Larix kaempferi (Japanese Larch)
The Japanese Larch, like the Dawn Redwood, is unusual in that it is a deciduous conifer. Japanese Larch has a tall, slender growth habit. Its fall color is a brilliant gold, which lasts for some time until its needles drop. Find it on the Redwood Trail as it turns right after Stevens Pavilion and before it hits Fischer Lane.
Ilex aquifolium ‘Rubricaulis Aurea’
This holly is spectacular to observe! It has glossy evergreen leaves edged in white. Nestled in the variegated leaves are eye-catching red berries.
Abies procera (Noble Fir)
This beautiful native fir can reach 130 to 230 feet. Its blue-green needles are bent like hockey sticks at the base. Noble fir cones, like all fir cones, grow erect at treetop. Fir wood had little commercial value as lumber; noble fir was once marketed as the more highly prized Oregon larch. Find it on the Fir Trail where it forks to the left of the Redwood Trail, left of the Stevens Pavilion.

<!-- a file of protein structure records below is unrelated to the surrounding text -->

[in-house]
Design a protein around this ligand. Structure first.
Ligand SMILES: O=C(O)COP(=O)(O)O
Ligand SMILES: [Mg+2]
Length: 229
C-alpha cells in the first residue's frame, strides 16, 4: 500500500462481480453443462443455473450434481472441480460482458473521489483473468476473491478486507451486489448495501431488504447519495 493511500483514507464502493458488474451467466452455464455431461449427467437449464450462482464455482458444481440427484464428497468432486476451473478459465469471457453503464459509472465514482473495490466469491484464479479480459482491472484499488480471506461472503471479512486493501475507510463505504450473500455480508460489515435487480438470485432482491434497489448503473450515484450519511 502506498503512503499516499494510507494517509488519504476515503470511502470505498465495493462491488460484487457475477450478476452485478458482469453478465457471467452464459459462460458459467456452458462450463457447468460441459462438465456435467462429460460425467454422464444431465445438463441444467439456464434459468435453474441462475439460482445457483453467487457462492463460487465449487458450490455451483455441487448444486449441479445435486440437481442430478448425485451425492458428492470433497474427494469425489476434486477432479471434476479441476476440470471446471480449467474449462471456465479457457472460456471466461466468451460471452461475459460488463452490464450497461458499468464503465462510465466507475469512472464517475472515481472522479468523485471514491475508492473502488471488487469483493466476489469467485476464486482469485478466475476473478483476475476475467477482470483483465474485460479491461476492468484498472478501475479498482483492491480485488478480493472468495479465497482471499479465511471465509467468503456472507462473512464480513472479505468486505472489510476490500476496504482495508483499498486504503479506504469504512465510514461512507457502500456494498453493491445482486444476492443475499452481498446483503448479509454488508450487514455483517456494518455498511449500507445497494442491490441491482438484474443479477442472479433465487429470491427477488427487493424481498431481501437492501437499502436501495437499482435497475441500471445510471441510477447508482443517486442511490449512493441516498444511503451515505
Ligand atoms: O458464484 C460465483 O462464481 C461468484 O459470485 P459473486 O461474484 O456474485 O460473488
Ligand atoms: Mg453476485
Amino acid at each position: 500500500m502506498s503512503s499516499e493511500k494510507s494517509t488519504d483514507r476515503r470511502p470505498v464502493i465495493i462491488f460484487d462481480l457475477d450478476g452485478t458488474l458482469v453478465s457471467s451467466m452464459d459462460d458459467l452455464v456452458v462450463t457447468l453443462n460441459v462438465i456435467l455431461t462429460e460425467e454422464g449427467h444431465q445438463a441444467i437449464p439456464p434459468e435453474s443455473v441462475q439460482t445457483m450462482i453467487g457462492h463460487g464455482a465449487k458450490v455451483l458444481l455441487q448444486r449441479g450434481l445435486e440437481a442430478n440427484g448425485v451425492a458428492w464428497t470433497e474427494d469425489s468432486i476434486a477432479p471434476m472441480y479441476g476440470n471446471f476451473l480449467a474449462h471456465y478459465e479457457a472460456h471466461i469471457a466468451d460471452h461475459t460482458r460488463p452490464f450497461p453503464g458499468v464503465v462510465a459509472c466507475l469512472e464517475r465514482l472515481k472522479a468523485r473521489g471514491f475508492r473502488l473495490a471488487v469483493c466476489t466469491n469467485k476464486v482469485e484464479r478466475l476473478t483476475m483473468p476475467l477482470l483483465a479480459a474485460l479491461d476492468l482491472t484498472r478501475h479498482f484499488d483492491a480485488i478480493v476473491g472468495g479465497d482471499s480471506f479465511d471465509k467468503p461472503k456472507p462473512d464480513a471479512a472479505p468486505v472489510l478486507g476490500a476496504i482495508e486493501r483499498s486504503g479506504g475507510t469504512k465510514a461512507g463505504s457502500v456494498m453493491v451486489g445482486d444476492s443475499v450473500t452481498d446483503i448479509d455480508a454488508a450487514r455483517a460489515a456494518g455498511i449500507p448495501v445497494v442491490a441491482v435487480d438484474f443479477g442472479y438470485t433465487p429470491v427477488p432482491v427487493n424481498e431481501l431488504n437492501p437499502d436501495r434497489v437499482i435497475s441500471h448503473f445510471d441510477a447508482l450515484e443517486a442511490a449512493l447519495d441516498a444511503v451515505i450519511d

Cornus alba ‘Westonbirt’, and ‘Sibirica’ (Siberian Dogwood)
Both the ‘Westonbirt’ and ‘Sibirica’ dogwoods are ornamental delights, even in fall and winter. In autumn, these plants have excellent red color, but their red winter bark is especially spectacular.